Running around the house yesterday, looking frantically for the directions to set my clock radio forward to Daylight Saving Time, I thought about how stupid it is to have to go through this twice a year. Why not just go on daylight saving time year-round and call it, er, a day. Florida Senator Marco Rubio has introduced legislation to preserve the daylight saving shift and never set clocks back again. That’s fine by me. As soon as spring rolls around, I’m already worried about the few months left until the days start getting shorter again. I’m much happier when sunlight goes into the evening. The only thing good about the semi-annual change of time is that it reminds us to check the batteries in smoke detectors. I think we can figure out a substitute prompt.
The onset of Daylight Saving Time signals a much more important issue. Today marks the beginning of Sunshine Week, the creation of the American Society of Newspaper Editors to call attention to the need for greater accountability by government through public records disclosure. Sunshine – transparency, that is – is said to be the greatest disinfectant.
Cue the refrain of Aquarius by The Fifth Dimension, “let the sun shine, let the sun shine, the sun shine in.” Consider it the anthem for this Sunshine Week. Examples abound of how government at all levels routinely confounds people with legitimate requests for government documents. Government stonewalls in many ways, from claiming the documents aren’t available, to creating enough loopholes and exemptions to public access requirements to make the Freedom of Information Act meaningless, to charging so much per page that dissemination is prohibitive, to redacting allegedly sensitive information on documents so that the pages you eventually receive are virtually all blacked out.
News media can’t play their rightful role in aiding the public’s right to know, and we can’t be a responsible citizenry without better access to public information. That will require a substantial reduction in obfuscation, obstacles, and other government displays of officious passive-aggressive behavior.
This principle will be tested at the federal level when the Robert Mueller report is complete, and the special counsel turns it over to Attorney General William Barr. While Barr gave lip service to transparency in his confirmation hearings, he has not committed to making the report public. The Democrats will fight tooth and nail to make it happen, and well they should.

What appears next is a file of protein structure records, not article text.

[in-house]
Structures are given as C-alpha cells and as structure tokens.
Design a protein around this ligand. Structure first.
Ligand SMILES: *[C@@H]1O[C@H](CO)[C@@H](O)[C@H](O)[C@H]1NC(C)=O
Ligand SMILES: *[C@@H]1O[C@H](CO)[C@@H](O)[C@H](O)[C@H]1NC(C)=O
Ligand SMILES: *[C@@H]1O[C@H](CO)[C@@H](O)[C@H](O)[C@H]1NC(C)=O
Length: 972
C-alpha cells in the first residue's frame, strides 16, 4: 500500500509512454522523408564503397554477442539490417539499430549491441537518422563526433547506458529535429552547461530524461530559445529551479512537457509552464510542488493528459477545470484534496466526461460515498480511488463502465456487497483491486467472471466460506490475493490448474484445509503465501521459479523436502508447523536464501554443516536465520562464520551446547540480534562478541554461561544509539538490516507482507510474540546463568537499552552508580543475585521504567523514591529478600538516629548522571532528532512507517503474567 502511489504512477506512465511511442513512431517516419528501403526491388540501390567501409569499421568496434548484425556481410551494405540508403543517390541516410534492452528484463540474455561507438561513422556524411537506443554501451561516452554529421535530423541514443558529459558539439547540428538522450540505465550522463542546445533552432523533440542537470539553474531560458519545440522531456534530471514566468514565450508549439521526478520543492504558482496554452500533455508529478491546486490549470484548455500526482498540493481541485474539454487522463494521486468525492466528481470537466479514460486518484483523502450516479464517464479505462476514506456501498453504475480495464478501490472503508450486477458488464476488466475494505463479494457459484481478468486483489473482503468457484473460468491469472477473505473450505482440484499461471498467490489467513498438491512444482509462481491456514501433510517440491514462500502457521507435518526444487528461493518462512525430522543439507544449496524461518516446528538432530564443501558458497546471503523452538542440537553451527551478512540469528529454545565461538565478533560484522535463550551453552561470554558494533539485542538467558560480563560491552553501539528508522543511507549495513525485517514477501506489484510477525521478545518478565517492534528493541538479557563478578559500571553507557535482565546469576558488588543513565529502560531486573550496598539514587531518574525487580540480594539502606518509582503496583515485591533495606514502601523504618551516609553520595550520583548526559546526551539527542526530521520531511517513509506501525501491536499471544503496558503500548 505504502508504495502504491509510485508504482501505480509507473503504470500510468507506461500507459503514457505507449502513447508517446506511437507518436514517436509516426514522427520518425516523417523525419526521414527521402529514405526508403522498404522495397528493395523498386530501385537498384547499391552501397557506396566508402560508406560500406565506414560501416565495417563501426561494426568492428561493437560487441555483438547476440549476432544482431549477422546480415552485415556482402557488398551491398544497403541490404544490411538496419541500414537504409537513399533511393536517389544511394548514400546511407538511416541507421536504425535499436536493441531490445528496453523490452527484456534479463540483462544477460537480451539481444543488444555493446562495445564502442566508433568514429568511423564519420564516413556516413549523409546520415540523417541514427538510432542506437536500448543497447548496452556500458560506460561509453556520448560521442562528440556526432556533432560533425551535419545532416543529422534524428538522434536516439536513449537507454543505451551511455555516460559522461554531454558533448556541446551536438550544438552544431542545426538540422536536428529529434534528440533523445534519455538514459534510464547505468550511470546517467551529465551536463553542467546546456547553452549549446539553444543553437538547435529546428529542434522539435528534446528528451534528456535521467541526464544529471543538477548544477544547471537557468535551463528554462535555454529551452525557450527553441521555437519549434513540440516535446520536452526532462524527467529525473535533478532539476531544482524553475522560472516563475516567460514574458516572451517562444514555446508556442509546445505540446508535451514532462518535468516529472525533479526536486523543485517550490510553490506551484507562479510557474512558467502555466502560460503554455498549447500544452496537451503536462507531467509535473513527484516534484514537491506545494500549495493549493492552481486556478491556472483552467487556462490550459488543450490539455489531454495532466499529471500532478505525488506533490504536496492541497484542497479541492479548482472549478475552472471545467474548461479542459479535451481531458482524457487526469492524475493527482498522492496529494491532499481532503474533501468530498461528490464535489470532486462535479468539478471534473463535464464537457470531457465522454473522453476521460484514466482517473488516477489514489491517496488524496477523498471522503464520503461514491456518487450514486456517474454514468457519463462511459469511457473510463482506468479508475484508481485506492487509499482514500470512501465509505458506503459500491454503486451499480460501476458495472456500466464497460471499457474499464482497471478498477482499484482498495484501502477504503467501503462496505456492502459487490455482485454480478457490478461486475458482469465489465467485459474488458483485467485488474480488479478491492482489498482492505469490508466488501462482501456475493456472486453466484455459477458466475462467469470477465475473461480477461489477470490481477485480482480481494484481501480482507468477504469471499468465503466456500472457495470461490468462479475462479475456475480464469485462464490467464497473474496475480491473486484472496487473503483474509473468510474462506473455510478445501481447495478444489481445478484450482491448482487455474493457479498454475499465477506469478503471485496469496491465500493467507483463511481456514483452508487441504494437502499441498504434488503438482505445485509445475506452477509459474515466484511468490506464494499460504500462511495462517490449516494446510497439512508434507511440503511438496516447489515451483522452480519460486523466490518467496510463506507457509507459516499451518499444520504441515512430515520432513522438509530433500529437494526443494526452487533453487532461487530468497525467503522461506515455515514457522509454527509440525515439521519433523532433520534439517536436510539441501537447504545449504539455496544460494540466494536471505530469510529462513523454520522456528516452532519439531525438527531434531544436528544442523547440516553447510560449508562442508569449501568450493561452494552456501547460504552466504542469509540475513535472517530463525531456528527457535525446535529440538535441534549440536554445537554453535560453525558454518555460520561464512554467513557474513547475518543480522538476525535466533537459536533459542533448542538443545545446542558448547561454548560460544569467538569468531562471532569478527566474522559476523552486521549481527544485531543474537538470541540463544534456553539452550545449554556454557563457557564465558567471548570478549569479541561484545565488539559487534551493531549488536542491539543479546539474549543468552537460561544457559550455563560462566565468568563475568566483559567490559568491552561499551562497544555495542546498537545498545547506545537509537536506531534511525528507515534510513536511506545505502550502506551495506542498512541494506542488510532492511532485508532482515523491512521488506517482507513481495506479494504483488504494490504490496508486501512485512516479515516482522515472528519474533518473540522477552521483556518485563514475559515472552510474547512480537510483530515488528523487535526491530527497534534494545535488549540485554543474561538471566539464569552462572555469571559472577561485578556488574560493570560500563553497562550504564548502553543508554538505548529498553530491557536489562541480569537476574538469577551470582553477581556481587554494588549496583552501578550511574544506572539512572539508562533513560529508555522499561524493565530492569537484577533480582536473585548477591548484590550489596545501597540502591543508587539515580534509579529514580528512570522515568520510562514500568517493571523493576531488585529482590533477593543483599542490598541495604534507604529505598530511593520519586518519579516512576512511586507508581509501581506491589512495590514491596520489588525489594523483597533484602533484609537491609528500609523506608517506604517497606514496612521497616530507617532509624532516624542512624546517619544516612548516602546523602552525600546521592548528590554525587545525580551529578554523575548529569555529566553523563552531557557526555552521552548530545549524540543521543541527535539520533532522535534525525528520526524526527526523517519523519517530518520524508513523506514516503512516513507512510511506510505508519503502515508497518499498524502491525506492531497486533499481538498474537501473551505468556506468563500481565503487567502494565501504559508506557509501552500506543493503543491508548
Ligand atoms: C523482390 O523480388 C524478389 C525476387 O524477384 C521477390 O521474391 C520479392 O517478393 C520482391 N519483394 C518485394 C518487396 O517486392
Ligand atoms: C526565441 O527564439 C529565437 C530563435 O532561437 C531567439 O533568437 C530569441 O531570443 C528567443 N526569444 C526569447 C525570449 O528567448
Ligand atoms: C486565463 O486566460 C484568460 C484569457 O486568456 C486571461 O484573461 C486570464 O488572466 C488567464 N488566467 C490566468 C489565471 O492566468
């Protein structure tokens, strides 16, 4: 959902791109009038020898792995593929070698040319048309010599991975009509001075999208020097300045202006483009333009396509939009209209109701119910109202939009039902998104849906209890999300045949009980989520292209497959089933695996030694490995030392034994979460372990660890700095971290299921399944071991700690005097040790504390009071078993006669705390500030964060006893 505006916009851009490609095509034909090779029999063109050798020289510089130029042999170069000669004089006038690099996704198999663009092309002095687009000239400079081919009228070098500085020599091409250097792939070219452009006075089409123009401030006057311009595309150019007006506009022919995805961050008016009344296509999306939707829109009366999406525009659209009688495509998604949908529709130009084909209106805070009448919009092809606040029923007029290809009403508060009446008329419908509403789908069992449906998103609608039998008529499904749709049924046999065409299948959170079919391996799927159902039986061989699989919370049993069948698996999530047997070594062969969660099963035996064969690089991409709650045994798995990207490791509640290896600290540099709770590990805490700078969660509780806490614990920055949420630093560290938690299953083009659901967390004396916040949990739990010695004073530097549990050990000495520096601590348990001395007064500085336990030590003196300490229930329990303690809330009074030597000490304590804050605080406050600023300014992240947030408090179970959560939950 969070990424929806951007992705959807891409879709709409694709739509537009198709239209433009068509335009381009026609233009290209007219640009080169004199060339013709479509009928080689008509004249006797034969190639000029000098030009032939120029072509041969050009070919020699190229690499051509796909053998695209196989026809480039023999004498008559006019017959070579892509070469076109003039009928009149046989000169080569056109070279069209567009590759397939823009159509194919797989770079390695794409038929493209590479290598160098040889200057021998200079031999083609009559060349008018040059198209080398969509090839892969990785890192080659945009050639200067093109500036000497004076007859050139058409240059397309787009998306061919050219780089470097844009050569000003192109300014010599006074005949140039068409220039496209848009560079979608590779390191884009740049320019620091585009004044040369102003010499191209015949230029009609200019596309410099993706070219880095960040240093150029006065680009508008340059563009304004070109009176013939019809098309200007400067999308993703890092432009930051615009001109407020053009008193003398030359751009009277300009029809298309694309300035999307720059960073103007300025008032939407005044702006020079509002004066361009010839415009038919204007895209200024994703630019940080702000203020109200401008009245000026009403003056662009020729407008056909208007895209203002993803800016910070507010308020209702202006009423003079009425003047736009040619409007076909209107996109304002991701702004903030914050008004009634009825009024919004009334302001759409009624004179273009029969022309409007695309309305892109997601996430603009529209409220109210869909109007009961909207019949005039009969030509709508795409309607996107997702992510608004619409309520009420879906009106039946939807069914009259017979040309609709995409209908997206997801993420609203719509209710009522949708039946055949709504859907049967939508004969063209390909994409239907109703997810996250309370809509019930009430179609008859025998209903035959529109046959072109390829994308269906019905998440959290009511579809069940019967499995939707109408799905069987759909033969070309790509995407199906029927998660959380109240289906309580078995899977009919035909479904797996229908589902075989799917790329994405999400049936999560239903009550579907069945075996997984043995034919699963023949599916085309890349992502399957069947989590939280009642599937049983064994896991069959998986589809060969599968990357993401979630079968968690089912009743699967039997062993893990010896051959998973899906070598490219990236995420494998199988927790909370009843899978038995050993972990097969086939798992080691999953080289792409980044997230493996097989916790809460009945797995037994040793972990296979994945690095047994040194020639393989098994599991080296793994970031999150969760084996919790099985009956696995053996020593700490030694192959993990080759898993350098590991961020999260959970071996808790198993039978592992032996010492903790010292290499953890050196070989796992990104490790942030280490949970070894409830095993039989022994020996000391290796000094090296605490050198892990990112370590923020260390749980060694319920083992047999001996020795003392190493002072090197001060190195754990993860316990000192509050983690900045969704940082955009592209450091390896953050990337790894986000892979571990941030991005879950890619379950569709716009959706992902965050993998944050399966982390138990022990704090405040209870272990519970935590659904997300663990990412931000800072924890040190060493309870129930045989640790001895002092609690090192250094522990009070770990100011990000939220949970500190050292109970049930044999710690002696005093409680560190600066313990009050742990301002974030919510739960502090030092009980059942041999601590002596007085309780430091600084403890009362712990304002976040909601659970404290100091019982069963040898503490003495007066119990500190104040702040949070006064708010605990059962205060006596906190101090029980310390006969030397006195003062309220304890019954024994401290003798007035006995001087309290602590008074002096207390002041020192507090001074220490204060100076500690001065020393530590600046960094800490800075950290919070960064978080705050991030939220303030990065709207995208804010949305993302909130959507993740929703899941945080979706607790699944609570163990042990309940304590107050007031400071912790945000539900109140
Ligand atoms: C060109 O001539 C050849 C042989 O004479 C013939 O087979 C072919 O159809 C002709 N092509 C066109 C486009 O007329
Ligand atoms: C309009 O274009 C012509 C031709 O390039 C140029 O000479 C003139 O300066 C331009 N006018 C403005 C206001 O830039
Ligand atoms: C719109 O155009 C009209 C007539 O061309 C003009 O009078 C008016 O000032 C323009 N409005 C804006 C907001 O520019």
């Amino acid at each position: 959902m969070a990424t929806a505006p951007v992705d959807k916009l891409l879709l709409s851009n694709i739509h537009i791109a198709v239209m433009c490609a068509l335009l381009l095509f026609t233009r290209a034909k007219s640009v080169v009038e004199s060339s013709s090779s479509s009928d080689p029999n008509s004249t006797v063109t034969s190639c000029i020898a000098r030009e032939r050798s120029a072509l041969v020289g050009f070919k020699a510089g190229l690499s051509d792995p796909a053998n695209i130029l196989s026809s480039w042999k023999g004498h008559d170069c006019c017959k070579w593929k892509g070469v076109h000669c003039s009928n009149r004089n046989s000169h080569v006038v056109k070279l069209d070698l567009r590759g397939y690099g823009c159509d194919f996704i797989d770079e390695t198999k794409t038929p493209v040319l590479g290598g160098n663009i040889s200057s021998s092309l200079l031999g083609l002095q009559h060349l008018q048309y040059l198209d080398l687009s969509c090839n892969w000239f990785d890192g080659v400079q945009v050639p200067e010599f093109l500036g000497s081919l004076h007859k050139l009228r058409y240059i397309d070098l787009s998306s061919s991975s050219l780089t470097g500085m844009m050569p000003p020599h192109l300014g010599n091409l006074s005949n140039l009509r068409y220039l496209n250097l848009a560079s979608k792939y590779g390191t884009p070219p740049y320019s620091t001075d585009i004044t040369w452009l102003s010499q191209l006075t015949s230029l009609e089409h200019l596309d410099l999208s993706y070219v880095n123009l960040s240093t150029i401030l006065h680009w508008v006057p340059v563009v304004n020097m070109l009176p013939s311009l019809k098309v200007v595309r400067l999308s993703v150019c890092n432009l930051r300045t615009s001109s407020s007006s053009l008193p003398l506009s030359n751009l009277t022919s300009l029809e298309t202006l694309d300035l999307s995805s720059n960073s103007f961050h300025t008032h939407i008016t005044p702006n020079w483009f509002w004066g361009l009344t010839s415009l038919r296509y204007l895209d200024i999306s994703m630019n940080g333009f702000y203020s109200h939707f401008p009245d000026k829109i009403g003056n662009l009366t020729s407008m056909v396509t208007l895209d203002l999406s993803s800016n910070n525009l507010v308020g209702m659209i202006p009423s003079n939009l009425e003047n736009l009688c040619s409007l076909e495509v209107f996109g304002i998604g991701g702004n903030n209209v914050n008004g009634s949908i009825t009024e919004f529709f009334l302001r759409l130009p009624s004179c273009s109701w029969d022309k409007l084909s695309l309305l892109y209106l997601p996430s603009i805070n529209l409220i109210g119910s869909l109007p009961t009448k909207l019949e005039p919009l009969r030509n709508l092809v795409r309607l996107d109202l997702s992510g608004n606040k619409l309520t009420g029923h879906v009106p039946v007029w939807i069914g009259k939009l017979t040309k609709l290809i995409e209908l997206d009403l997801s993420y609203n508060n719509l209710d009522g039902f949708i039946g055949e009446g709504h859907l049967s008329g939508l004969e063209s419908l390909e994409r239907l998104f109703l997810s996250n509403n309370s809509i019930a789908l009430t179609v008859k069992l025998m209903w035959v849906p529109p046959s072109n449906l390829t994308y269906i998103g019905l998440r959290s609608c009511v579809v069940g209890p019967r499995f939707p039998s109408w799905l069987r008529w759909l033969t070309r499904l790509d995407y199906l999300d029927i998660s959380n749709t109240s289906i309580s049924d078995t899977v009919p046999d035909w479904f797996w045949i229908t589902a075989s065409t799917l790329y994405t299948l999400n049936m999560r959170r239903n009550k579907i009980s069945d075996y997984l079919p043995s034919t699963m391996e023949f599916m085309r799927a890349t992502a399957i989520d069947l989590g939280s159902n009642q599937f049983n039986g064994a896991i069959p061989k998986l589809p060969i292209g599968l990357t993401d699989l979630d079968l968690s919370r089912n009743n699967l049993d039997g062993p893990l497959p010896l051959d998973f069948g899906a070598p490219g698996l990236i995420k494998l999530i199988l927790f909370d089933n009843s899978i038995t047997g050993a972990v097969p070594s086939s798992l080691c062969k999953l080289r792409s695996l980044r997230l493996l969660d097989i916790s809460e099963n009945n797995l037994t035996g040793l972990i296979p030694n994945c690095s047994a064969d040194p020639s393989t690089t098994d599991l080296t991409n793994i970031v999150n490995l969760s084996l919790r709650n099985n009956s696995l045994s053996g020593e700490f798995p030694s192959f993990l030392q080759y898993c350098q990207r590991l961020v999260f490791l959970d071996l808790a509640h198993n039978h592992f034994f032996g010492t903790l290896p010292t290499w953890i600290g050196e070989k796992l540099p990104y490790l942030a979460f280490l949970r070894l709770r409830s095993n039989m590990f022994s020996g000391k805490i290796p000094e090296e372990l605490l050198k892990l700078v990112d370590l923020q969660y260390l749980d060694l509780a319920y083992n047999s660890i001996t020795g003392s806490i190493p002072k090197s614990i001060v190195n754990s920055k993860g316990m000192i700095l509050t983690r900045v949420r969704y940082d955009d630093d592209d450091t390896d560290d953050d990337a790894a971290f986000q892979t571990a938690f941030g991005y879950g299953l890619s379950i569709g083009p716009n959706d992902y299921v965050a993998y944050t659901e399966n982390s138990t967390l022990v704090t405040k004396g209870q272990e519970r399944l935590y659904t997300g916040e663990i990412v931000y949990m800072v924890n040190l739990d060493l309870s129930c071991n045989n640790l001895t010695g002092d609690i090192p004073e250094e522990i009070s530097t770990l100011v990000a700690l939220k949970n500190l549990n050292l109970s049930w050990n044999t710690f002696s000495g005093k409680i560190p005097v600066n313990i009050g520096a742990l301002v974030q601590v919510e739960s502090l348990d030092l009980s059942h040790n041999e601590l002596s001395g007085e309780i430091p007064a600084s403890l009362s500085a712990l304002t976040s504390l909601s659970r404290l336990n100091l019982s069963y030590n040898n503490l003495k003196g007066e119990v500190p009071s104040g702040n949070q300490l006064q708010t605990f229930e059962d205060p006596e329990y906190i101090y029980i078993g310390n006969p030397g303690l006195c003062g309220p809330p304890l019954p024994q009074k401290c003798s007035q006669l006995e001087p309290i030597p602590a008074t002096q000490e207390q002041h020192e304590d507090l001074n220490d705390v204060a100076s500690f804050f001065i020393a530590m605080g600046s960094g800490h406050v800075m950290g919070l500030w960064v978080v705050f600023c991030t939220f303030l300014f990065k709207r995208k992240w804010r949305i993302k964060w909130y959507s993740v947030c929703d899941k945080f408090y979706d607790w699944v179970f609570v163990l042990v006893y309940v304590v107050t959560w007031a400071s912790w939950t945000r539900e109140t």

Regulations call only for a confidential report from Mueller to the AG. Worst case scenario would be for Barr only to indicate an intention to indict or not to indict. But, given the core focus of Mueller’s mission to ferret out the nature of the relationship between Russia and the President and his 2016 campaign, the special counsel’s findings will bear directly on whether or not our democratic process has been compromised. Put simply, the public needs to know the answers to that question.
Barr may not be required to make the report public, but he is allowed to do so if he deems it in the public interest. His answers, when repeatedly pressed about whether he’d go public with the report, restated his desire for as much transparency within the constraints of the law. Pretty opaque language, and not especially reassuring.
All tiers of government have track records of making it difficult for people seeking public disclosure. Supposedly enlightened Massachusetts has traditionally led the nation in resistance to transparency. It wasn’t until 2017 that the Bay State overhauled its 1973 public records law providing penalties for agencies that failed to respond to Freedom of Information requests in a timely way. So, too, did it mandate that more public records be available online, and it limited how much agencies could charge for copies.
In the spirit of this Sunshine Week, let’s hope that, from the Bay State to the marble halls of Washington, whether on Daylight Saving or Eastern Standard time, our elected and appointed officials provide us with the records and reports we need to make informed judgments about how our democracy is working and what is needed to make it work better.